Fonterras is a New Zealand based multinational dairy company.  In April 2017, the company added QR Codes to the packaging of their pediatric range, Anmum.

The QR Codes are part of the company’s initiative to help their customers learn more about what goes into their products. Here we’ll call it a product QR Code.

Anmum QR Code:

The QR Code links to a web page listing the ingredients used in the product. The web page also gives information on the product’s authenticity and batch number. The content on the web page changes regularly. Users can scan the same QR Code anytime to view latest updates on the product.

Anmum QR Code

“By scanning the QR code to trace the product’s journey, consumers can be reassured about the quality and safety of our products – and this is fundamental to being the most trusted source of dairy nutrition.” – Teresa Smyth, Group Marketing Manager, Anmum.

Electronically Traceable Products:

Fonterras plans on making all their products electronically traceable by 2020. The company aims at making 90% of their plants connected to electronically traceable data by the end of 2017.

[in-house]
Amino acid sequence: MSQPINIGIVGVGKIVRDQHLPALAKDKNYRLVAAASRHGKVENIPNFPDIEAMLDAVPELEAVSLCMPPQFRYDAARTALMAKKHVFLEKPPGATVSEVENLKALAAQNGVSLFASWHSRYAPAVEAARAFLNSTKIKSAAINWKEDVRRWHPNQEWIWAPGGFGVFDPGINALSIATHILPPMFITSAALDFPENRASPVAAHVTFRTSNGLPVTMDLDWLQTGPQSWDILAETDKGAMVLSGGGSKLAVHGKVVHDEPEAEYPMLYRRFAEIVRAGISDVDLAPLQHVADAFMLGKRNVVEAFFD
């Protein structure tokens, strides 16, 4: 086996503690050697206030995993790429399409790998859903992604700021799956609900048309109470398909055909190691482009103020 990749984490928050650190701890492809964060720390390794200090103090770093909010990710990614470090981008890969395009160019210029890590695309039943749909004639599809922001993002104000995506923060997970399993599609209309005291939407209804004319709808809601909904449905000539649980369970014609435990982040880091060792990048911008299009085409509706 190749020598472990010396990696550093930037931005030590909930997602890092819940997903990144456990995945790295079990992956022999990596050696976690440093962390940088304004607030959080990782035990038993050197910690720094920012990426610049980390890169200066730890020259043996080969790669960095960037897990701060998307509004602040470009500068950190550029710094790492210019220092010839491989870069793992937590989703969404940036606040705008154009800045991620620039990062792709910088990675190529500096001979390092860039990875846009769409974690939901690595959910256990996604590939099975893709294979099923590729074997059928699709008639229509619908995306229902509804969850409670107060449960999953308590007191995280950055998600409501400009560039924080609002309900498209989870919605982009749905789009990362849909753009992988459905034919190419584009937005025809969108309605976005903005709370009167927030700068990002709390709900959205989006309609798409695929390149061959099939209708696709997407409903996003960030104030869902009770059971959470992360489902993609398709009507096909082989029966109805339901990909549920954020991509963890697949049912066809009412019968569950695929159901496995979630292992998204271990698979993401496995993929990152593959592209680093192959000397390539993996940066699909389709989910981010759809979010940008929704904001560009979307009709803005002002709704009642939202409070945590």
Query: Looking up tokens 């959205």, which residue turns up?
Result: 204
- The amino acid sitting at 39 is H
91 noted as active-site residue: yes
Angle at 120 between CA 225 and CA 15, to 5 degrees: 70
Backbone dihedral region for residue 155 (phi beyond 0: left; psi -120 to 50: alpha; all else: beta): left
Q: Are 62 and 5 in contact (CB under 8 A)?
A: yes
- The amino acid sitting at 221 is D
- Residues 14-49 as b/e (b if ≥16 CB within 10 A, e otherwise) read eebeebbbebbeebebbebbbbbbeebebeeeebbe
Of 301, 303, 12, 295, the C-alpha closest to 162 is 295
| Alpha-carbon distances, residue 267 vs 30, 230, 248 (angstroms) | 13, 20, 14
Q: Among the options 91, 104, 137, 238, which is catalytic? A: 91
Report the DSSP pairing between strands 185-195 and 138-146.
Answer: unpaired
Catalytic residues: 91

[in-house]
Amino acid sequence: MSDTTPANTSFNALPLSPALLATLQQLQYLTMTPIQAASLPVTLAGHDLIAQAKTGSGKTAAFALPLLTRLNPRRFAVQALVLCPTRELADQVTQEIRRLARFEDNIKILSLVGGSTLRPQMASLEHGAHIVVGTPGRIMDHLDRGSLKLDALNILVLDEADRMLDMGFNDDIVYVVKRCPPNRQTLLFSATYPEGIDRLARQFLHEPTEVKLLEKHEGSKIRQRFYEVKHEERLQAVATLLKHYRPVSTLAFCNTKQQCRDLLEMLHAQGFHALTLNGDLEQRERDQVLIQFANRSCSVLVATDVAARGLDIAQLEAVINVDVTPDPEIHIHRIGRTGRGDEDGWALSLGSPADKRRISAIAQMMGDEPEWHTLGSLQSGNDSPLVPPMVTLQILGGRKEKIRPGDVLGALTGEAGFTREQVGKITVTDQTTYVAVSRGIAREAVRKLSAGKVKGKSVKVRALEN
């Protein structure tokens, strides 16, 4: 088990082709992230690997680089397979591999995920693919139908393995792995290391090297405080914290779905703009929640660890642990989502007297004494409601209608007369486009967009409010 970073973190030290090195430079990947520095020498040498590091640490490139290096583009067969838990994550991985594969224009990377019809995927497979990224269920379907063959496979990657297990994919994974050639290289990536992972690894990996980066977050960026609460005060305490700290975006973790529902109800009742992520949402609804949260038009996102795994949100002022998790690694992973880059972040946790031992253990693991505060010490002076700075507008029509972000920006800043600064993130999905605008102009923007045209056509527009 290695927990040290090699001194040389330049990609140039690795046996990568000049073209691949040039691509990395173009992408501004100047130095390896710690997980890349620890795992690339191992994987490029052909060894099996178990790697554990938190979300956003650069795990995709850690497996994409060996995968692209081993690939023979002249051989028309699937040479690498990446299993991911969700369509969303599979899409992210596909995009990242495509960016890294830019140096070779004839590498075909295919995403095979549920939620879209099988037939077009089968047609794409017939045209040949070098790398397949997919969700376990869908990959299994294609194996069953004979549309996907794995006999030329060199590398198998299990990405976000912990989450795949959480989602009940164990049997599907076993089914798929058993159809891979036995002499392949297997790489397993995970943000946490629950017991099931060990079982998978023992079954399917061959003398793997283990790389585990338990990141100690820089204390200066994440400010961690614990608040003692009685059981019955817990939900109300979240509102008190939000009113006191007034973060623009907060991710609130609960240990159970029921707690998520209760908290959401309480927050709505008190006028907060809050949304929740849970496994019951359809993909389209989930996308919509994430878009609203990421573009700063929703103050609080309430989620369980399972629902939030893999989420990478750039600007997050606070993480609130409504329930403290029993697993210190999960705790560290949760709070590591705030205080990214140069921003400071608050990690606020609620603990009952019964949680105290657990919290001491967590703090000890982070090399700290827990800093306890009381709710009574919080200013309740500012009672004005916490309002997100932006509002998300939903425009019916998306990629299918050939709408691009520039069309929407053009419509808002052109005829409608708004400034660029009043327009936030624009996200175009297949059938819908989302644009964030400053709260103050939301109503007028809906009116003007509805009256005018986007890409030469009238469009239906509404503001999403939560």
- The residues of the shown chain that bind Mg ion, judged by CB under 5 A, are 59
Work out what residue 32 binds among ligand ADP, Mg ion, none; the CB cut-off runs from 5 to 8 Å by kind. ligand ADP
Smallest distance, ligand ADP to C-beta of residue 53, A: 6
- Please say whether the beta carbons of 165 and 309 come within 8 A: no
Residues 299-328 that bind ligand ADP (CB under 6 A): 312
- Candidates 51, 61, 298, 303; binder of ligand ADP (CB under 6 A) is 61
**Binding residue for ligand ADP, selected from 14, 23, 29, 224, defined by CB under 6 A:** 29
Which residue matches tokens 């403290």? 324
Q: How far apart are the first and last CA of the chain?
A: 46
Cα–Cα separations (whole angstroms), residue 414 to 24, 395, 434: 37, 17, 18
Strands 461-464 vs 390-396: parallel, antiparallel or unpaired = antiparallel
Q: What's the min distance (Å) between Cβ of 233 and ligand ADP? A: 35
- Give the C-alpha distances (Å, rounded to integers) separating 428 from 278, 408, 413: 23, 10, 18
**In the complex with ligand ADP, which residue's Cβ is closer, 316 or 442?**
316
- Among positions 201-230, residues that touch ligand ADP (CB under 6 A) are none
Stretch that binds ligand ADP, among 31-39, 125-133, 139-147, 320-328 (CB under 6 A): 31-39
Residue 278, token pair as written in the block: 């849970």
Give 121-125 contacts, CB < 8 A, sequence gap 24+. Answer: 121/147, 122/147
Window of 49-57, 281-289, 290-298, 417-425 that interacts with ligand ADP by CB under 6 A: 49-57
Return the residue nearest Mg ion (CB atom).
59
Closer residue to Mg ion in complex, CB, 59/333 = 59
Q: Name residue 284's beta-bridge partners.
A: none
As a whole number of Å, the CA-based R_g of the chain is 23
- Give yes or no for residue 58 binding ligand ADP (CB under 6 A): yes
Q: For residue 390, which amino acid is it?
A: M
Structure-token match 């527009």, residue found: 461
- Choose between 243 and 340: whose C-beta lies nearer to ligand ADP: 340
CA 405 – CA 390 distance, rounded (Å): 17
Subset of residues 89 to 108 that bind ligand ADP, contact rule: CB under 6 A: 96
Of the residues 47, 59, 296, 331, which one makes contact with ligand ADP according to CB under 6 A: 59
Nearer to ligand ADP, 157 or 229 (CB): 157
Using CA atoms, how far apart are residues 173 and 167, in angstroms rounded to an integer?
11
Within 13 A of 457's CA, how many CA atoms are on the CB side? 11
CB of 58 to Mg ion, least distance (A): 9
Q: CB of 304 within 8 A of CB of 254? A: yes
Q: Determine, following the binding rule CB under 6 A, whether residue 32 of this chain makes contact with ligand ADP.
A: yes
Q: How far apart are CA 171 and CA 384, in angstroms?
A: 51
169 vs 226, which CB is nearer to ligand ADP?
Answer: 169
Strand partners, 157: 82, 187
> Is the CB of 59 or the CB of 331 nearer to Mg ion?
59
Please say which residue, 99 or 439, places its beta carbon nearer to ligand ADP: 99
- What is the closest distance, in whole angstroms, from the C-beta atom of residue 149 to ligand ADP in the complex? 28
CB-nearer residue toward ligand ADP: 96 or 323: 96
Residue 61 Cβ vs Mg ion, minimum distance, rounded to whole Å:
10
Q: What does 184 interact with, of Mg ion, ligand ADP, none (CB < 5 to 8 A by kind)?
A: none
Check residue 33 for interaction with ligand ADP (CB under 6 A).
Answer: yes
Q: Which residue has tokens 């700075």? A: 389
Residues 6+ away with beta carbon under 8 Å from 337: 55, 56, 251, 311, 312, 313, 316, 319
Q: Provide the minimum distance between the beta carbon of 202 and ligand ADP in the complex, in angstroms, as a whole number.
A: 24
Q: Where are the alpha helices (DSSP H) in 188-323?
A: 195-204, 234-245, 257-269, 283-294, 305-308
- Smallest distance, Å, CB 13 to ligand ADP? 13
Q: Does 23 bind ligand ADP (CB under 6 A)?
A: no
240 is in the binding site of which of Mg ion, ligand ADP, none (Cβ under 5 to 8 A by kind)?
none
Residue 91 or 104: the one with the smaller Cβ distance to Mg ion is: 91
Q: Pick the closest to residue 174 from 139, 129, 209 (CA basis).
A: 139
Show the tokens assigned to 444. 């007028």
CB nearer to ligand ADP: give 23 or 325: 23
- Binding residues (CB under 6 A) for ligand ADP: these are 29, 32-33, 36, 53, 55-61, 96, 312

Teresa adds,

“Ultimately we will have full electronic traceability for every drop of milk starting with where it came from. This includes every stage of processing, every ingredient, every product and our direct sales to customers in more than 100 countries.”

Consumers now are more aware than ever in terms of the products they use and consume. To answer potential questions and concerns, many food and beverage companies countries across the globe are adding QR Codes to their packaging.

Also read: QR Codes in Agriculture: 8 Use Cases Across 8 Countries

What are your views on the practice of adding QR Codes to packaging? Share your thoughts in the comments section below.

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